Essential Albums: In The Flat Field (1980), The Sky’s Gone Out (1982)
Dexys Midnight Runners
Definitely the misfit of this list: they do not receive the level of critical acclaim (at least not from the same demographic); they do not reach the level of darkness, nor do they have the incredible depth and variety of sound as say, Wire; and they have by far the most popular song of any of these bands. Indeed, in most people’s eyes, Dexys Midnight Runners is a One Hit Wonder. It is true that nearly everyone has heard “Come On Eileen,” but not many people have heard the fantastic album in which that song is contained: Too-Rye-Ay. The album is an uncommon mix of “blue-eyed soul” and Celtic folk, and the band themselves are often associated with “new wave,” a term that’s often about as undescriptive as post-punk, or even punk in the early days. It should also be noted that “Geno” was also a #1 hit in the U.K., which came out on their 1980 debut, “Searching for the Young Soul Rebels,” but seems to be relatively unknown in the rest of the world. My personal favorite track is the song preceding “Come On Eileen” on Too-Rye-Ay,“Until I Believe in My Soul,” which best showcases the band’s variety.
Most Popular Songs: “Come On Eileen,” “Geno”
Essential Albums: Too-Rye-Ay (1982), Searching for the Young Soul Rebels (1980)
Siouxsie and the Banshees
Siouxsie and the Banshees were a multifaceted ball of anxiety and energy, probably best exemplified on The Scream, before they went on to essentially sound like a different band on the simply stunning, semi-psychedelic Kaleidoscope, where every song is a winner. Which features the immensely catchy “Christine,” one of the catchiest in their catalog, the unique, dark, and hook-laden “Happy House,” and along with several other bands in 1980 who are now thrown under the Post-punk umbrella, features some early experimentation with some darker sounding electronic passages (“Lunar Camel”). While it’s their earlier work that gets most of the attention, Siouxsie maintained a solid discography all the way until their last release, The Rapture, in 1995.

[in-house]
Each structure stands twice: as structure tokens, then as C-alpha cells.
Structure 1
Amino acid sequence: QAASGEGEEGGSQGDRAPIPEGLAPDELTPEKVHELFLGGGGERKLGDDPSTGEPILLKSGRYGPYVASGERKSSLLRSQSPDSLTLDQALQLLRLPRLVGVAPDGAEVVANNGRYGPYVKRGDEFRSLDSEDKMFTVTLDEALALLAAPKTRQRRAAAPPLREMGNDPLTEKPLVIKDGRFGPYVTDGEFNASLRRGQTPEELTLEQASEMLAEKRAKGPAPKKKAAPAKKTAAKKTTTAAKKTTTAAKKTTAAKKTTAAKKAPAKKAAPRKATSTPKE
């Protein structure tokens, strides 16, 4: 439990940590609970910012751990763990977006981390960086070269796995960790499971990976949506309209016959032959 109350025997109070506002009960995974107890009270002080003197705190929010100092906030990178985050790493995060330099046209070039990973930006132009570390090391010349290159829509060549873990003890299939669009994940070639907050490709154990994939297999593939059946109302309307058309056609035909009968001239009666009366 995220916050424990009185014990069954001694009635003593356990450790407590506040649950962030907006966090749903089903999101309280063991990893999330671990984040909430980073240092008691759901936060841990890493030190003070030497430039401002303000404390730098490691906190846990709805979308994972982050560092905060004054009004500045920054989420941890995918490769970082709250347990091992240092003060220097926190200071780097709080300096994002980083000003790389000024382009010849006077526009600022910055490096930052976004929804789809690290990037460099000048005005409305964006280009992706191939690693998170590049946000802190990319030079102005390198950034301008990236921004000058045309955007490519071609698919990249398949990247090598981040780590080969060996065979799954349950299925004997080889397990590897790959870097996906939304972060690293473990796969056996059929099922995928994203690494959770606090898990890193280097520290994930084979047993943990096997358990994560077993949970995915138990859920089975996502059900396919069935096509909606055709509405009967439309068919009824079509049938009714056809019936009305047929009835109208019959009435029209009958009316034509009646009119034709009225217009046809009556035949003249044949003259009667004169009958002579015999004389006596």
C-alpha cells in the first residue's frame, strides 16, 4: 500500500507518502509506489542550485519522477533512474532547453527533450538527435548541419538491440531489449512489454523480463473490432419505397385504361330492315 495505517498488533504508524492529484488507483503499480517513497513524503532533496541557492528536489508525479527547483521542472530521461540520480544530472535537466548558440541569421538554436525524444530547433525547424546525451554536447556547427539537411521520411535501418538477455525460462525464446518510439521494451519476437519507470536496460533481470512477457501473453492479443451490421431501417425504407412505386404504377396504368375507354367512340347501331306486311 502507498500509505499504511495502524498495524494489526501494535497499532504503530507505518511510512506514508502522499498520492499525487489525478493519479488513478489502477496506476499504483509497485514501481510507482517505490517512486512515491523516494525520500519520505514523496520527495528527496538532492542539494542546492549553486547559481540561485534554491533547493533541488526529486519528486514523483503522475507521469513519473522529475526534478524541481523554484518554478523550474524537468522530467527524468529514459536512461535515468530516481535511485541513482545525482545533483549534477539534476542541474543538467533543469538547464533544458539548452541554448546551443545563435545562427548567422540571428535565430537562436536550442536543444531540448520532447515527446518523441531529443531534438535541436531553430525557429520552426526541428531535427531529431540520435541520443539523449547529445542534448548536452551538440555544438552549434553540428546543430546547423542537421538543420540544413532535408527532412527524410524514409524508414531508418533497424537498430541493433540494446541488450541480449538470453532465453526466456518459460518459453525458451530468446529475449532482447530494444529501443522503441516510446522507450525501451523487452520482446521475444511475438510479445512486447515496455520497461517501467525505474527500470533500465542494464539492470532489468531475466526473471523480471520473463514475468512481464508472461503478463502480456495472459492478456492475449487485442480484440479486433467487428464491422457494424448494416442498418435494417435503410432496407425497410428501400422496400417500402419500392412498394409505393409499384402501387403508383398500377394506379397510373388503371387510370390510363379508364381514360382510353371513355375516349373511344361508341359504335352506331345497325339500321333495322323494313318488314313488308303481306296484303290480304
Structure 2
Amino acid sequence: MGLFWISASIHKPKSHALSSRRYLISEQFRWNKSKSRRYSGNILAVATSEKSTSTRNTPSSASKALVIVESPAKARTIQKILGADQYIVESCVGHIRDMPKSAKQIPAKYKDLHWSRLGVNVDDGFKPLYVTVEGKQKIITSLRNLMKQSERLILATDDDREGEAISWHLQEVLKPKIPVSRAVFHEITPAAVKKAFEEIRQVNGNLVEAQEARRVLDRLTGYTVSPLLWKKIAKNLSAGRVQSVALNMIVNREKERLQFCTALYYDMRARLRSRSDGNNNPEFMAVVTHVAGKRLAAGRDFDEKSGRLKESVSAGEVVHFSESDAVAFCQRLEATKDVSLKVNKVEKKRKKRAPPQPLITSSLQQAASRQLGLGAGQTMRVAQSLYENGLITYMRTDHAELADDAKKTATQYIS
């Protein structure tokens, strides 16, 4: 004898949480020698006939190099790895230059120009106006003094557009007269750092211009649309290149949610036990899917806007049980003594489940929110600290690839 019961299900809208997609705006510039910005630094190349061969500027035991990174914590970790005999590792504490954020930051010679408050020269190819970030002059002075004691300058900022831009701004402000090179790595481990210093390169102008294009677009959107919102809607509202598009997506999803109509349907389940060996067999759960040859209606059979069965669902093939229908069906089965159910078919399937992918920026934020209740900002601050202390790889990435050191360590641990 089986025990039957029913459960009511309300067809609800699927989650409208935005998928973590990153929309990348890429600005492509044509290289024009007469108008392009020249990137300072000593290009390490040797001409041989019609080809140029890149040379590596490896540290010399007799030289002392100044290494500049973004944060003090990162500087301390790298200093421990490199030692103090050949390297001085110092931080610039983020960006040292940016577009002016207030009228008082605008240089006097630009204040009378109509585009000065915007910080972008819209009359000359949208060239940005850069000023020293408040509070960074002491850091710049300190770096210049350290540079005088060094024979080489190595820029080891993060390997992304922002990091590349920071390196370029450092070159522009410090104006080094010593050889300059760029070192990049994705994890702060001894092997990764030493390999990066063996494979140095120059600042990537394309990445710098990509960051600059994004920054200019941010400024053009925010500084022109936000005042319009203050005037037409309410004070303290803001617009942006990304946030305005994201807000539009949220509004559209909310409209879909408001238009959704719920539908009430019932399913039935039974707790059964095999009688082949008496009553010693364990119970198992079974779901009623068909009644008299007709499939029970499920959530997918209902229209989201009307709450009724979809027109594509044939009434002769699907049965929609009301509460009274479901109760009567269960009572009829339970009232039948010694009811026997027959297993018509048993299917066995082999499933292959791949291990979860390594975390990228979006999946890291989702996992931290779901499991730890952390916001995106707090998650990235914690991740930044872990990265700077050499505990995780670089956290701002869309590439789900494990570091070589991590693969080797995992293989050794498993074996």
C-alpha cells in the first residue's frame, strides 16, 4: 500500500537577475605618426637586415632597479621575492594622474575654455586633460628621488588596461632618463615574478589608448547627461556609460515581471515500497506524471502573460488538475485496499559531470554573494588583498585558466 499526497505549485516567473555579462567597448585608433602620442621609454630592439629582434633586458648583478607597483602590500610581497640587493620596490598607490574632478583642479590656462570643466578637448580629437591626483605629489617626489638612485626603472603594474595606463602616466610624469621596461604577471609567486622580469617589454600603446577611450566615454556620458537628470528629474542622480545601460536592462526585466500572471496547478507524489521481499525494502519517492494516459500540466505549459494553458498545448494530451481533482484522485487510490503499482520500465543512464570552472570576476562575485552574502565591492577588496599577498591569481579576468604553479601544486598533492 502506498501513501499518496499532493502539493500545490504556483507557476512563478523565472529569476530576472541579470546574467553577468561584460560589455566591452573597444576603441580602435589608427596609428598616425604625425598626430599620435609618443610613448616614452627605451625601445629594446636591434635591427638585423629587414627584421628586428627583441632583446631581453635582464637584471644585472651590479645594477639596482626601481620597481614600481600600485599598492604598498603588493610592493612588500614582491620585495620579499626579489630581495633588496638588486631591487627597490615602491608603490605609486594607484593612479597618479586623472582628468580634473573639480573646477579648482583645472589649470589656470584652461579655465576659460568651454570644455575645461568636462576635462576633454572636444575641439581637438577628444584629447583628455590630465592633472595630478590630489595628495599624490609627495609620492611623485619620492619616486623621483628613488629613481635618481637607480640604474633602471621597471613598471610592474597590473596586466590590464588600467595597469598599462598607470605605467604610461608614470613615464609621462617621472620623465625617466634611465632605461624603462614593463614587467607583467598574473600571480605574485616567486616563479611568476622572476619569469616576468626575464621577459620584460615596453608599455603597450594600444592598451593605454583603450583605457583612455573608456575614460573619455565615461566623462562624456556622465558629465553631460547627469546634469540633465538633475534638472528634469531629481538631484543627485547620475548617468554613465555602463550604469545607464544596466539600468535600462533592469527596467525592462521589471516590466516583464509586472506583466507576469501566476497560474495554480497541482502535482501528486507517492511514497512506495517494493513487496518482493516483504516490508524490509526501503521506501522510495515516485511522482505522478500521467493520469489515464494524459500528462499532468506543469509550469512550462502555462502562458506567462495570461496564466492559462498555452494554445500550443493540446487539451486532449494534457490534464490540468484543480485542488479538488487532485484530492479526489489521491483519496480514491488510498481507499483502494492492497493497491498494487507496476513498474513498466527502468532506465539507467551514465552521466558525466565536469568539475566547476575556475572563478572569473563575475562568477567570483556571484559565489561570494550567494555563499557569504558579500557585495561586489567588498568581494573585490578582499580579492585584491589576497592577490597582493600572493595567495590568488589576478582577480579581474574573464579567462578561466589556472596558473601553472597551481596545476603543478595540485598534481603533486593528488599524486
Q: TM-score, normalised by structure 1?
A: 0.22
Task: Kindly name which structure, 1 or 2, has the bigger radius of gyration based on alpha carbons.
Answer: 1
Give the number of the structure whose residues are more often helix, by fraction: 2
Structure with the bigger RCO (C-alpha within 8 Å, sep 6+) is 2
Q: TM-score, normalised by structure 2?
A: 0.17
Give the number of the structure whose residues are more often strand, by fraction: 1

Most Popular Songs: “The Passenger,” “Christine,” “Hong Kong Garden,” “Spellbound,” “Dear Prudence”
Essential Albums: Kaleidoscope (1980), Hyaena (1984)
For sure, The Damned received (and continue to receive) plenty of acclaim for their debut Damned Damned Damned, as well as their third album Machine Gun Etiquette. Still, they don’t get quite the level of recognition of some of their peers of the time, even considering these particular outputs. How many more times have you heard or seen Dead Kennedys or the Sex Pistols mentioned than The Damned? Nevertheless, like many of their contemporaries, they created a unique form of punk rock rarely imitated, especially when considering later punk bands, such as several of the Epitaph punk bands of the ’90’s, who were influenced by earlier punk and 80’s hardcore but whose base sounds all wound up sounding more inspired by each other, rather than coming from a place of “we just want to do something different.” Speaking of acclaim, what goes too often ignored is The Damned’s later output, the excellent, dark, and varied The Black Album, Strawberries, and especially Phantasmagoria, which leans a little more to the pop side than the preceding couple albums (their covers of “Eloise” and “Alone Again Or” on 1986 follow-up Anything, is pop gold). The output from between Phantasmagoria and Grave Disorder (and since), is admittedly… questionable, but Grave Disorder was an excellent return to form, blending their particular brand of punk rock, with everything they’d done in between, and even a touch of then-modern punk. If you see them live, even nowadays, songs from Phantasmagoria and Grave Disorder go over well, yet you are unlikely to see the album highlighted in publications. Here’s to aiming to change that.
Most Popular Songs: “Neat Neat Neat,” “New Rose,” “Smash it Up,” “Love Song”
Essential Albums: Damned Damned Damned (1977), Machine Gun Etiquette (1979), Phantasmagoria (1985), Grave Disorder (2001)